Who needs careers professionals?!

Print Friendly, PDF & Email

How seriously do schools and education professionals take the longer term goals of their students? Anne Chant argues that the removal of career learning as a statutory part of the curriculum and the ongoing de-professionalisation of careers information and guidance are worrying trends and oversights that will be regretted in the future.

Ladder against a wallCareers work in schools has long been the Cinderella in the curriculum, delivered often by reluctant, indifferent tutors under pressure for shorter term goals than the life courses and futures of their charges. It is often a ‘good will’ enterprise supported by a few enlightened enthusiasts with little time and resource to do so. This is not new. In the 22 years that I have been teaching careers and supporting others to teach careers there have been some notable highs and lows but the discipline has always been a political football for governments and oppositions alike.  Nationally, Careers sits uncomfortably but not irreparably between the drive for social justice and the need for a competitive economy. For the individual it also straddles a divide: that between the desire to do something with life that is enjoyable and fulfilling and the need to earn a living. For some the former is an unrealistic dream when jobs are hard to find, and anything is better than nothing. So terms such as ‘career’ carry a different meaning in different schools. Careers is not as simple as all that after all. It is inextricably woven into notions of identity, class, opportunity and social structure.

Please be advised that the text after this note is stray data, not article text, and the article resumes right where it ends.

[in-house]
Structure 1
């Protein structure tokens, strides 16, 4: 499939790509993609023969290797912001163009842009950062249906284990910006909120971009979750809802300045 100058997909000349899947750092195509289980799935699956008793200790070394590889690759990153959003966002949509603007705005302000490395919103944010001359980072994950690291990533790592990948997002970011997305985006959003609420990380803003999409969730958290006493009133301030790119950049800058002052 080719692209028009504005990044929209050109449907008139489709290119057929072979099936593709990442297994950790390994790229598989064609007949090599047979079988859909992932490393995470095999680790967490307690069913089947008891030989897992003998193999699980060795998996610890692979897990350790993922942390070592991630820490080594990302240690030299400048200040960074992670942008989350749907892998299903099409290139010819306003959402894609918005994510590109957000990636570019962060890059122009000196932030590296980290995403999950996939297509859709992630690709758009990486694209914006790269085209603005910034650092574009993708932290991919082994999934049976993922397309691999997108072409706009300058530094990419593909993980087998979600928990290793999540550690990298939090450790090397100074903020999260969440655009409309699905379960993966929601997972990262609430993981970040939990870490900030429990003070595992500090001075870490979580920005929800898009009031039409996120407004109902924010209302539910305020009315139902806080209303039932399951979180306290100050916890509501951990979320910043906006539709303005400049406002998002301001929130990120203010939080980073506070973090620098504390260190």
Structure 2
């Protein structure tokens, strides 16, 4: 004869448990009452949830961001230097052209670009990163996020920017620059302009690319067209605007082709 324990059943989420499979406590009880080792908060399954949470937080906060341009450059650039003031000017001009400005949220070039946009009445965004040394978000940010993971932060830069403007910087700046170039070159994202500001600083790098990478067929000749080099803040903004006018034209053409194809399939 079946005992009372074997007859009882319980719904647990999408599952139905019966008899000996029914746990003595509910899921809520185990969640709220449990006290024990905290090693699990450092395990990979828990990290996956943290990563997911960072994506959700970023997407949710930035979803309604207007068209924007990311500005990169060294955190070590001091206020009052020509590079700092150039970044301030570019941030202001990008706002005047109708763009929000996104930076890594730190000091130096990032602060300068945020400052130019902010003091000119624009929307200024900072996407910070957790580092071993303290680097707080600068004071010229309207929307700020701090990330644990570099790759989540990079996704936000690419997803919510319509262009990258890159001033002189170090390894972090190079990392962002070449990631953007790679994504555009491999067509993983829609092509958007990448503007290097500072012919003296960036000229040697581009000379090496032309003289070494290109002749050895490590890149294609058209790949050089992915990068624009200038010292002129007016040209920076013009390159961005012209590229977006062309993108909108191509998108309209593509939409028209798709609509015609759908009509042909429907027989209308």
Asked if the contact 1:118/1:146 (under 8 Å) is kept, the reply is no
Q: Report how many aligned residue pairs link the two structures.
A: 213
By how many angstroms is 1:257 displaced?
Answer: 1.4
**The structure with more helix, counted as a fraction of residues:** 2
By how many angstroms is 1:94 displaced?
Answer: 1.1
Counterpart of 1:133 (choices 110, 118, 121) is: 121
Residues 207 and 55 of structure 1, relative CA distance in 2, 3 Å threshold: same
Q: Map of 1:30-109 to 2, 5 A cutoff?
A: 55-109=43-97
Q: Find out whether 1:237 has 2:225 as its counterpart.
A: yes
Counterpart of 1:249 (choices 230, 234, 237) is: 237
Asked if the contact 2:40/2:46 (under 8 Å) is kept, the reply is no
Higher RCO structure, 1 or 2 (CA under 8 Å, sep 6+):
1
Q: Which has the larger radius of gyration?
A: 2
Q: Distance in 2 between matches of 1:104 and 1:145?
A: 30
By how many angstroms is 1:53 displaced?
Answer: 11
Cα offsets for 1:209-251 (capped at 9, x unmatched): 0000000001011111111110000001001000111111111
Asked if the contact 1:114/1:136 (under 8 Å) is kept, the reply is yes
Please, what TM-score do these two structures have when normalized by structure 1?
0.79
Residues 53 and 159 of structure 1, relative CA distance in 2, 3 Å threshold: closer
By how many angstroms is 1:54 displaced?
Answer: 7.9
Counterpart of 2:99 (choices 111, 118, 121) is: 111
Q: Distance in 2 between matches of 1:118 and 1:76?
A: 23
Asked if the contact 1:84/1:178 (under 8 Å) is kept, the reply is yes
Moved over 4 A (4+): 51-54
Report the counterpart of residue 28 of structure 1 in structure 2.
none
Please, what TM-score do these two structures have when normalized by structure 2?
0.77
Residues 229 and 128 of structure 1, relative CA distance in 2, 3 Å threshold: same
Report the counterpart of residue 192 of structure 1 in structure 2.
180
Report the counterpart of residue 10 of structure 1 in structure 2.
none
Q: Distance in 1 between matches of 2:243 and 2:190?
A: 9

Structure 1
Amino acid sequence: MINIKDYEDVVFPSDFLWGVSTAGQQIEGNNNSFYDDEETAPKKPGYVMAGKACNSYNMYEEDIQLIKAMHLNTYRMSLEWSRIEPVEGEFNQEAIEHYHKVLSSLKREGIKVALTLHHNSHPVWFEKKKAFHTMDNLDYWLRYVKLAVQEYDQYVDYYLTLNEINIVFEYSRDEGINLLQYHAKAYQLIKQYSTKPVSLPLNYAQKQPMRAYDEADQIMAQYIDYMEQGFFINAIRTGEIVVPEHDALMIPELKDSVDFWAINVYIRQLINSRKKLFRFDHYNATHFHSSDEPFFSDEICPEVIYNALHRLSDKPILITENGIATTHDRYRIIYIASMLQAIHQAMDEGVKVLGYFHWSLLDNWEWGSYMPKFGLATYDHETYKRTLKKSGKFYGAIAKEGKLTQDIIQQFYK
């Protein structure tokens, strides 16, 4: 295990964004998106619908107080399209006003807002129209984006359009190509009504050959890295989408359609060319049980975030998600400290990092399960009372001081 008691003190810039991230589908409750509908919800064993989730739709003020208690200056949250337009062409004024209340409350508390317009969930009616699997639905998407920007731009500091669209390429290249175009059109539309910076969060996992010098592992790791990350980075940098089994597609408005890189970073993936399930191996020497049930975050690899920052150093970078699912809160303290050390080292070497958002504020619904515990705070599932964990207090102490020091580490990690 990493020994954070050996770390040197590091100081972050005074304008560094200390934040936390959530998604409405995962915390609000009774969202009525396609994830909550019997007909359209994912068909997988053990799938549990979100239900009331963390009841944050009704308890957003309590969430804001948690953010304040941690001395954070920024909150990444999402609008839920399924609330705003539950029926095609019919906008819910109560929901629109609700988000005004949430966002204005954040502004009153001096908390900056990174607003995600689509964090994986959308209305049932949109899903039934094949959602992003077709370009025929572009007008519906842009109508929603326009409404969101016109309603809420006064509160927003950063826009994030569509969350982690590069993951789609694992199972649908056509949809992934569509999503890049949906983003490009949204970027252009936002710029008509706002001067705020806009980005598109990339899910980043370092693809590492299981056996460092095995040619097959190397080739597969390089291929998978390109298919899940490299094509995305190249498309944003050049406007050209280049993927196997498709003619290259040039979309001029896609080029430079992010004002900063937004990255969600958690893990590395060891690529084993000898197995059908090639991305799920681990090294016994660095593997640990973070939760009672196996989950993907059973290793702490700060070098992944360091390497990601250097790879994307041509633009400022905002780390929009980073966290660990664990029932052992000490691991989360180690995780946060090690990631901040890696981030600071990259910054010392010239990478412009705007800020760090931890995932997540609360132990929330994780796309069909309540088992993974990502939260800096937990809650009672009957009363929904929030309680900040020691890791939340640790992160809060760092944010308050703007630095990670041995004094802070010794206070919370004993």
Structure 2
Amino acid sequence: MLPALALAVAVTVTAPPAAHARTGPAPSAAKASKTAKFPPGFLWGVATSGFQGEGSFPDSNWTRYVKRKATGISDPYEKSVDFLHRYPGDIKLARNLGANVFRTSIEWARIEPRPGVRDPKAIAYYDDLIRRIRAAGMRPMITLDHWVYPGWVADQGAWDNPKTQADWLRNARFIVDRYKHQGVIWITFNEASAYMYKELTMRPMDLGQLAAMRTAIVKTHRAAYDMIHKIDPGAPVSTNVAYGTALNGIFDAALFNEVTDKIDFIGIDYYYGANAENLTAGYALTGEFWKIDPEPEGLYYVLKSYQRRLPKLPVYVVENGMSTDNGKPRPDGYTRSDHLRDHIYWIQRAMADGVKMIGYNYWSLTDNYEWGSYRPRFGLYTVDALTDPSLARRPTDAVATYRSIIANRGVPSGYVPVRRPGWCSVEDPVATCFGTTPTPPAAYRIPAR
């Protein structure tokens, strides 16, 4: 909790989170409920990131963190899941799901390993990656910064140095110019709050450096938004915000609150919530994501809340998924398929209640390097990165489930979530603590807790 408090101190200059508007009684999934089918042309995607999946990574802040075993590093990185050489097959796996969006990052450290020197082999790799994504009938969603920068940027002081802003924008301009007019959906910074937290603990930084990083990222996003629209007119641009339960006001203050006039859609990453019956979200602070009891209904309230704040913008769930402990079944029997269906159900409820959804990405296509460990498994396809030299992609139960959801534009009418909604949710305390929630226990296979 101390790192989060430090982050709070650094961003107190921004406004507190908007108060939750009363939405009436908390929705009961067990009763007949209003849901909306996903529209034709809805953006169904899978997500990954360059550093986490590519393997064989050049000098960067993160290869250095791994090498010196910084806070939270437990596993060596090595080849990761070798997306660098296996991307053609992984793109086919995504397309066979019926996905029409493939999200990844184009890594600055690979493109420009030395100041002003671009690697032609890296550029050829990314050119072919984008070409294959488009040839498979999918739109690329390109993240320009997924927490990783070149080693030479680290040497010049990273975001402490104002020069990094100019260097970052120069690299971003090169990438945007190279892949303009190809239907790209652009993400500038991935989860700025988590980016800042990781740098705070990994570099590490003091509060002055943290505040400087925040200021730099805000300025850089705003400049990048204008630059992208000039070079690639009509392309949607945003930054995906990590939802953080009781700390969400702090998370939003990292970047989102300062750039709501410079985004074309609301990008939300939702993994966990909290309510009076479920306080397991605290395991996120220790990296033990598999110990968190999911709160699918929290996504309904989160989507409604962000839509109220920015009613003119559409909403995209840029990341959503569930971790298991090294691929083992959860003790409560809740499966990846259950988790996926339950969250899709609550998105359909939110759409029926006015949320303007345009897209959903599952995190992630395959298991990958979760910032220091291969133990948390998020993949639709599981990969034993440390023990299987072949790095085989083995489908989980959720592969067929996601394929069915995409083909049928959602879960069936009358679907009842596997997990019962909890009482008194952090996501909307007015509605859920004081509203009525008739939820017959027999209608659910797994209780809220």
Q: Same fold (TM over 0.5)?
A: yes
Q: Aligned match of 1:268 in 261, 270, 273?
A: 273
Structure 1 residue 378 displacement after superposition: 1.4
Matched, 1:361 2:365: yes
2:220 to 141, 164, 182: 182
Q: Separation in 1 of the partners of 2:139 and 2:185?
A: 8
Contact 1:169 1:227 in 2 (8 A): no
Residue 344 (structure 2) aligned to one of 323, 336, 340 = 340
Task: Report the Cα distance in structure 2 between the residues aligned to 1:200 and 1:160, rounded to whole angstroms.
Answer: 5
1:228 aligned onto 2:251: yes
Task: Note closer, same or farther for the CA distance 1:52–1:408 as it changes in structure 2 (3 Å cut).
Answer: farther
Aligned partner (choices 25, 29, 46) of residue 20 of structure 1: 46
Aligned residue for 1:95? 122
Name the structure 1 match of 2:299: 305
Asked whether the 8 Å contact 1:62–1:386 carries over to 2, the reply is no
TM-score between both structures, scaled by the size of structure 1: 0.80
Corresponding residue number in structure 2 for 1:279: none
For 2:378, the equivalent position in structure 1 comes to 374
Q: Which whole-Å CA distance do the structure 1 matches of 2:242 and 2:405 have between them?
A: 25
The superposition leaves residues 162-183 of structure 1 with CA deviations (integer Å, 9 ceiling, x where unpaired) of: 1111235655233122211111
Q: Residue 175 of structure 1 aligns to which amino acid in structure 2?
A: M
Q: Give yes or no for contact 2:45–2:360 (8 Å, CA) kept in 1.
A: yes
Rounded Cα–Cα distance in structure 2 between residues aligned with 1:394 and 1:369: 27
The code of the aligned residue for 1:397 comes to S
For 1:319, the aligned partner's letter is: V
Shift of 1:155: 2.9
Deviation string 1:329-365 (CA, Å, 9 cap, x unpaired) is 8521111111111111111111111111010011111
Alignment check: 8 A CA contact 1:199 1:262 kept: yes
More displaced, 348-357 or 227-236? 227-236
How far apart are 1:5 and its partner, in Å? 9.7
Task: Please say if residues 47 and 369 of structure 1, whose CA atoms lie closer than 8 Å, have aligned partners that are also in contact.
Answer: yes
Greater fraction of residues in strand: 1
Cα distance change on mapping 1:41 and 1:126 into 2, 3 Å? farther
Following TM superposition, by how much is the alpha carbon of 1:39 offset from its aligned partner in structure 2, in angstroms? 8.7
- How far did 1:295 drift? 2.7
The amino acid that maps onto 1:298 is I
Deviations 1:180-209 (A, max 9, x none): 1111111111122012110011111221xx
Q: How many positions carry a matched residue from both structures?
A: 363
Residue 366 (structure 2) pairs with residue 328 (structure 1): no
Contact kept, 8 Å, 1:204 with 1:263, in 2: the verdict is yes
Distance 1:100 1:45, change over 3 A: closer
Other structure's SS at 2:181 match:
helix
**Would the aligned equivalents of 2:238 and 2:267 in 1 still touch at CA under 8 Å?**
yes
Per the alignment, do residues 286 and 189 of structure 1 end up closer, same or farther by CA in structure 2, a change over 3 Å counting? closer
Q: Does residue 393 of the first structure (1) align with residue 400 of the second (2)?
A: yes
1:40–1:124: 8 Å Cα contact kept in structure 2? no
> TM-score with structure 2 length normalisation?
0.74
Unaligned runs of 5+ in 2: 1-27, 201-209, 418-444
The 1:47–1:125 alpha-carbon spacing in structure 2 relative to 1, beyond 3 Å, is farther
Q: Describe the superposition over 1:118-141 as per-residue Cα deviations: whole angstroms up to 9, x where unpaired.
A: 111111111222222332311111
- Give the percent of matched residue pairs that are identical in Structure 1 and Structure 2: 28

One of the features of the current coalition government has been to claim that they are handing power back to professionals; localism has become a regular byword for respecting professional expertise and knowledge, particularly in education. However this is in stark contrast to the direction of movement within the careers world. Despite the responsibility outlined in the Education Act 2011 that all schools must make impartial career guidance available to their students, response to this statutory requirement is patchy. This was outlined by the Ofsted report in September 2013  but despite efforts by Department of Education it has been reported that schools are now found to be using teaching assistants and even receptionists to offer careers advice to students.